How to Hash Password In ASP.NET Core

How to Hash Password In ASP.NET Core

In this article, you’ll learn Hashing In ASP.NET Core application on the .NET Core framework. when you’re dealing with people’s information. for example, you have a website that has user accounts on the Shopping website or whatever store. the password safely is very important hashing. the password is very important because most people use the same password across different types of services online. and if you don’t hash it properly if or attacker grabs the database.

When you’re hashing passwords it’s not good enough to store it in the database using a simple hash MD5, SHA-1, SHA-224, SHA-256 because when you create a hash, it has the same output. It means to say is that the output never changes for the hash and if you have a user base of or thousands or say millions of people chances are that that quite a few people are going to have the same password and if you actually have a hash with not your security.

So, we’re going to be dealing with salting and hashing the passwords salting is basically adding a random string of bytes to a user’s password. so that if two people user A and user B has the word dog as a password which is a very terrible password with the random salt. they’ll be creating for each one it will come out hash differently in the database so if one person is compromised then the other person is not but, of course, you want to choose a stronger password one that’s longer that mixes a matches numbers with lowercase uppercase special characters.

Let’s go, ahead and start creating some simple hash and create the salt function you can define the size of the actual salt.

How to use Hash Data

The new Data Protection .NET Core API includes functionality to create hashes utilizing PBKDF2algorithm. ASP.NET Core utilizes this in the background scenes functionality in PasswordHasher class, which is used in ASP.NET Core Identity.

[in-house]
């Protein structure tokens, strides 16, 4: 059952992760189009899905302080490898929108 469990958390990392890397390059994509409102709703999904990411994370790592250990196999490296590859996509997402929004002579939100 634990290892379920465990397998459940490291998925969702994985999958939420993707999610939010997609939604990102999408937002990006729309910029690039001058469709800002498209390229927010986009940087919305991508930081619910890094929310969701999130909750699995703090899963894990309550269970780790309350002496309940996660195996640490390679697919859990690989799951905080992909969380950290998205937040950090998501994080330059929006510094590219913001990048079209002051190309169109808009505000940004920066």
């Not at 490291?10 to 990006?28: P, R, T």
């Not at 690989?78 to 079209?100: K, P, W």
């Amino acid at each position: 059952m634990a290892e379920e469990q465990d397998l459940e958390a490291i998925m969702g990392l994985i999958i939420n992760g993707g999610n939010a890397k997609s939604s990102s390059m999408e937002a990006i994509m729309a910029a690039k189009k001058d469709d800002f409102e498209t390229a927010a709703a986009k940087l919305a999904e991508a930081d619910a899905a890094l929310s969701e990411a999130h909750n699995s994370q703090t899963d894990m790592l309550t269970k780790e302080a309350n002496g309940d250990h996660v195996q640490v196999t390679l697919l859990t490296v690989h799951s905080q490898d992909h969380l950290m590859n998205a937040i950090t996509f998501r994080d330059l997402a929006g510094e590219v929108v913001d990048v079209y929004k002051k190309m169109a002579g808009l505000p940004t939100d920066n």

Create a class library and add the following NuGet package –

Using Namespace Microsoft.AspNetCore.Cryptography.KeyDerivation and Add a class to encapsulate the hashing logic.

public class Hash  
{  
 public static string Create(string value, string salt)  
 {  
	 var valueBytes = KeyDerivation.Pbkdf2(  
						 password: value,  
						 salt: Encoding.UTF8.GetBytes(salt),  
						 prf: KeyDerivationPrf.HMACSHA512,  
						 iterationCount: 10000,  
						 numBytesRequested: 256 / 8);  

	 return Convert.ToBase64String(valueBytes);  
 }  

 public static bool Validate(string value, string salt, string hash)  
	 => Create(value, salt) == hash;  
} 

Add a class following to encapsulate the logic for creating a random salt.

public class Salt  
{  
     public static string Create()  
     {  
         byte[] randomBytes = new byte[128 / 8];  
         using (var generator = RandomNumberGenerator.Create())  
         {  
             generator.GetBytes(randomBytes);  
             return Convert.ToBase64String(randomBytes);  
         }  
     }  
}

After that, Add tests to verify the functionality, e.g,

public void Untampered_hash_matches_the_text()  
{  
  // Arrange  
  var message = "passw0rd";  
  var salt = Salt.Create();  
  var hash = Hash.Create(message, salt);  

  // Act  
  var match = Hash.Validate(message, salt, hash);  

  // Assert  
  Assert.True(match);  
}  
  
  [Fact(DisplayName = "Tampered_hash_does_not_matche_the_text")]  
  public void Tampered_hash_does_not_matche_the_text()  
  {  
      // Arrange  
      var message = "passw0rd";  
      var salt = Salt.Create();  
      var hash = "blahblahblah";  
  
      // Act  
      var match = Hash.Validate(message, salt, hash);  
  
      // Assert  
      Assert.False(match);  
  }  
  
  [Fact(DisplayName = "Hash_of_two_different_messages_dont_match")]  
  public void Hash_of_two_different_messages_dont_match()  
  {  
      // Arrange  
      var message1 = "passw0rd";  
      var message2 = "password";  
      var salt = Salt.Create();  
  
      // Act  
      var hash1 = Hash.Create(message1, salt);  
      var hash2 = Hash.Create(message2, salt);  
  
      // Assert  
      Assert.True(hash1 != hash2);  
  } 

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